Welby praises journalists who pay the cost of telling the truth

06 November 2014

PA

"Watchman, how goes the night​?": The Archbishop of Canterbury preaches at St Bride's, Fleet Street, in central London, on Wednesday 

"Watchman, how goes the night​?": The Archbishop of Canterbury preaches at St Bride's, Fleet Street, in central London, on Wednesday 

THE Archbishop of Canterbury has praised journalists who "witness the full horror of what is going on and dare to speak it", and in so doing "unlock the covers of the wells of compassion".

At a service for fallen journalists held at St Bride's, Fleet Street, in London, on Wednesday, entitled "The Pen is Mightier than the Sword", Archbishop Welby paid tribute to reporters who, in pursuit of the truth, risked being "hurt deeply, mentally, emotionally, physically, spiritually or even killed". He named both James Foley and Steven Sotloff, journalists beheaded by Islamic State (News, 22 August, News 5 September). Such correspondents were like the look-outs described by Isaiah ("Watchman, how goes the night?"). 

"They are the ones who witness the full horror of what is going on and dare to speak it. The rest of us are one step, or many steps, removed - both from the adrenalin and from the agony."

Archbishop Welby gave thanks for those who "light the lamp of truth where it is being snuffed out by so many. Not only by savage evil, by those who sell arms and convey lies; but by those who are indifferent and forgetful.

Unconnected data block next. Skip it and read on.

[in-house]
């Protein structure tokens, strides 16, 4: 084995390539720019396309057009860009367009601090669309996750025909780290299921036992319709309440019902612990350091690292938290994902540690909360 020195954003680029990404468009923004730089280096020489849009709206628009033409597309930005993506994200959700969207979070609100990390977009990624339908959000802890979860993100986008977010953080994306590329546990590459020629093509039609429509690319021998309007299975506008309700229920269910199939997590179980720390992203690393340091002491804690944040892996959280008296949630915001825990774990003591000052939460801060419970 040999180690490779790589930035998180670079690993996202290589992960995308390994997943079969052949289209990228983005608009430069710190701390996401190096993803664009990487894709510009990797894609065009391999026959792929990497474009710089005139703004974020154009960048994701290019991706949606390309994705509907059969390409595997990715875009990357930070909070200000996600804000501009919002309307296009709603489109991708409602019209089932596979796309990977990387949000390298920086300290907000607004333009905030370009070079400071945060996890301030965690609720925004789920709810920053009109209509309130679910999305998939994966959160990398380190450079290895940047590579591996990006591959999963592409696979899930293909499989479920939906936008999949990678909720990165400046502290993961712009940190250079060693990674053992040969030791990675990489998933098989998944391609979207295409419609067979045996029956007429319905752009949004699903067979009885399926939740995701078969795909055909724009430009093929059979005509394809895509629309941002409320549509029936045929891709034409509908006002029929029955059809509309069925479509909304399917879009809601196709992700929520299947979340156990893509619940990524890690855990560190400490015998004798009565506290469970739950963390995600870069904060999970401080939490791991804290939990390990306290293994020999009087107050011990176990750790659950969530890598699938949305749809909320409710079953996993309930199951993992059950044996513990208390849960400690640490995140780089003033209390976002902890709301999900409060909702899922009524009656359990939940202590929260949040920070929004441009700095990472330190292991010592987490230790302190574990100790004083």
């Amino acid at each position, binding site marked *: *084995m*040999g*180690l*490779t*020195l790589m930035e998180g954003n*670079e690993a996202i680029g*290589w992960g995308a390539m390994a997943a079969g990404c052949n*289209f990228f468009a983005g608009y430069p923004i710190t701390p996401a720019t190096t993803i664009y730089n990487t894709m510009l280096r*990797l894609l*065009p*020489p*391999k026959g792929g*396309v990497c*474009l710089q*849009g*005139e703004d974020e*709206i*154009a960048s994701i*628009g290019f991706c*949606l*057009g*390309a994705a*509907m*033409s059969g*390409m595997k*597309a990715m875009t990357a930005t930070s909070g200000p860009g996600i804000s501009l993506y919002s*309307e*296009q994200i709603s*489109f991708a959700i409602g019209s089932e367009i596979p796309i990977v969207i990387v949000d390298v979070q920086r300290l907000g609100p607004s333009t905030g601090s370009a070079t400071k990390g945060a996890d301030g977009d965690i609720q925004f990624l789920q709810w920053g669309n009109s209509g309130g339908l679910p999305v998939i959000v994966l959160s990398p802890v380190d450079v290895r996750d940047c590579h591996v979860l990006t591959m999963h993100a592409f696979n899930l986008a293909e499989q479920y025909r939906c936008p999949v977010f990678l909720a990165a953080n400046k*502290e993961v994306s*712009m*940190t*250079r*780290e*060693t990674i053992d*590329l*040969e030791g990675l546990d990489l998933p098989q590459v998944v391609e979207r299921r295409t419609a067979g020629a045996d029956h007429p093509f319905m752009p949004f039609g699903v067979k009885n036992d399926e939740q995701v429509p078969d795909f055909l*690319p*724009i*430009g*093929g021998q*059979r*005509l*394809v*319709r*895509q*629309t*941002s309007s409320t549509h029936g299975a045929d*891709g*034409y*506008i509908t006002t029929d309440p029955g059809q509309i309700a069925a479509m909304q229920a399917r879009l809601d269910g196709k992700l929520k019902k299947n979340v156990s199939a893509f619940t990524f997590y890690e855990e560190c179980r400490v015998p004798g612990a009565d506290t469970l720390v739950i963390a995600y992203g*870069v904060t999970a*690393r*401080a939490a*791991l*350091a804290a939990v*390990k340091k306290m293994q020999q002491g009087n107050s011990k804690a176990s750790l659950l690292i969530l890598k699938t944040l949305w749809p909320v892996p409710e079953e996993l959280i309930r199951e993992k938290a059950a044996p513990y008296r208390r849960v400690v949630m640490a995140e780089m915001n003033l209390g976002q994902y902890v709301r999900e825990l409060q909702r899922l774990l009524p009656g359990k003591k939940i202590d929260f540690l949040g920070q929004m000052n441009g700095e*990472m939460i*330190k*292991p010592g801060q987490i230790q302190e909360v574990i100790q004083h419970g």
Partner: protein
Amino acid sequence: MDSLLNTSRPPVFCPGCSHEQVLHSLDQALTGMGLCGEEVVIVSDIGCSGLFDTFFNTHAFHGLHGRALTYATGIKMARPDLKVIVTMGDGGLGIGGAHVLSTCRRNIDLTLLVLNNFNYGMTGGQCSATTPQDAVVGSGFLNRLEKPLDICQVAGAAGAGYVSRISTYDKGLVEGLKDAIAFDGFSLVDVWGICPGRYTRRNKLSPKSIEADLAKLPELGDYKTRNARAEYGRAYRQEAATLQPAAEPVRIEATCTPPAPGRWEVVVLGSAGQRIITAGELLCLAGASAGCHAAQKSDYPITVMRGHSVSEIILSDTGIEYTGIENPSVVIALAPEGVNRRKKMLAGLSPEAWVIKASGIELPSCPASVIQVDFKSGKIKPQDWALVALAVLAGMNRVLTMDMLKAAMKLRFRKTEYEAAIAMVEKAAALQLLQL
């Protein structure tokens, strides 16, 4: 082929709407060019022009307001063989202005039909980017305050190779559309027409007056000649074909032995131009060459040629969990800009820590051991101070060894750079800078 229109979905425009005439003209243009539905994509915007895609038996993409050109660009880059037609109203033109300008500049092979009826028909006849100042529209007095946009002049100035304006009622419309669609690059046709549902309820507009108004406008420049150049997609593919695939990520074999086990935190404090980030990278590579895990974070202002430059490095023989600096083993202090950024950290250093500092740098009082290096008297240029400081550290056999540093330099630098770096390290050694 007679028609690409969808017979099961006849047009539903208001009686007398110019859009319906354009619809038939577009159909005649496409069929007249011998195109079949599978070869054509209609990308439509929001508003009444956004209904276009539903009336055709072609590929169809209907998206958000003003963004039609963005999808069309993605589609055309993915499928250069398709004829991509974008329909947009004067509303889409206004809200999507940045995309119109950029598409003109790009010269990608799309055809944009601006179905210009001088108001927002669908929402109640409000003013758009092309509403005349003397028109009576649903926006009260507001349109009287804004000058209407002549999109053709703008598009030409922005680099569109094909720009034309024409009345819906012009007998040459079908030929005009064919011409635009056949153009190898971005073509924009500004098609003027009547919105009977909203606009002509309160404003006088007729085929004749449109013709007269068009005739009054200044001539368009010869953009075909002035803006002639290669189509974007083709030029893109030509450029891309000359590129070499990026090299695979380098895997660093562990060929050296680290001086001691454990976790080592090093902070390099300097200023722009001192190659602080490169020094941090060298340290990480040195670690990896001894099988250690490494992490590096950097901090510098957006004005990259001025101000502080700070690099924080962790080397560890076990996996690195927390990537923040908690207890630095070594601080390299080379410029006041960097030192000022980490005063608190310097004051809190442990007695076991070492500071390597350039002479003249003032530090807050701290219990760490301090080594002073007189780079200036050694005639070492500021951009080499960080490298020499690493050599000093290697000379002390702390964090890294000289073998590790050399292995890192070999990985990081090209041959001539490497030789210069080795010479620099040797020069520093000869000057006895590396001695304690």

"It is right and essential that we give thanks for those who unlock the covers of the wells of compassion that can become available in this wonderful country of ours; who challenge the complacency in which some people suggest we can live in our own country as though the rest of the world did not matter, and, if we are sufficiently inward-looking, that the rest of the world will not affect us."

The public should be grateful, he suggested, for the immediacy of today's reports: a far remove from the "famously unreliable, exceptionally partial, and profoundly delayed" bush telegraphs of the past.

He spoke of the courage journalists displayed by putting themselves at risk. "The people who do it are not safely removed from the agony," he observed. "The reality of disaster, of war and suffering, is brought to us in a completely fresh way. It may still occasionally lack accuracy - that is an inevitable part of being human - but what it lacks in one area is more than compensated for by immediacy. And immediacy means risk."

And he singled out for praise those who had reported on the Ebola crisis in West Africa. Their stories had enabled him, he said, when meeting the head of the UN's response team, to "sense much more profoundly what he was saying".

The Archbishop's encounters with war correspondents had stripped him of any illusion that they were "entirely saintly", he admitted. "But there is an old saying in the Church, 'ex operandi operandum'. Or to put it another way, the fact that the priest is all messed up does not mess up the sacrament."

He concluded: "To witness is to tell the truth. And the more horrific the circumstances, the more needful, the more precious, the more costly is the truth. But we believe, as Jesus put it, the truth is not cheap. As he said, the truth sets us free."          

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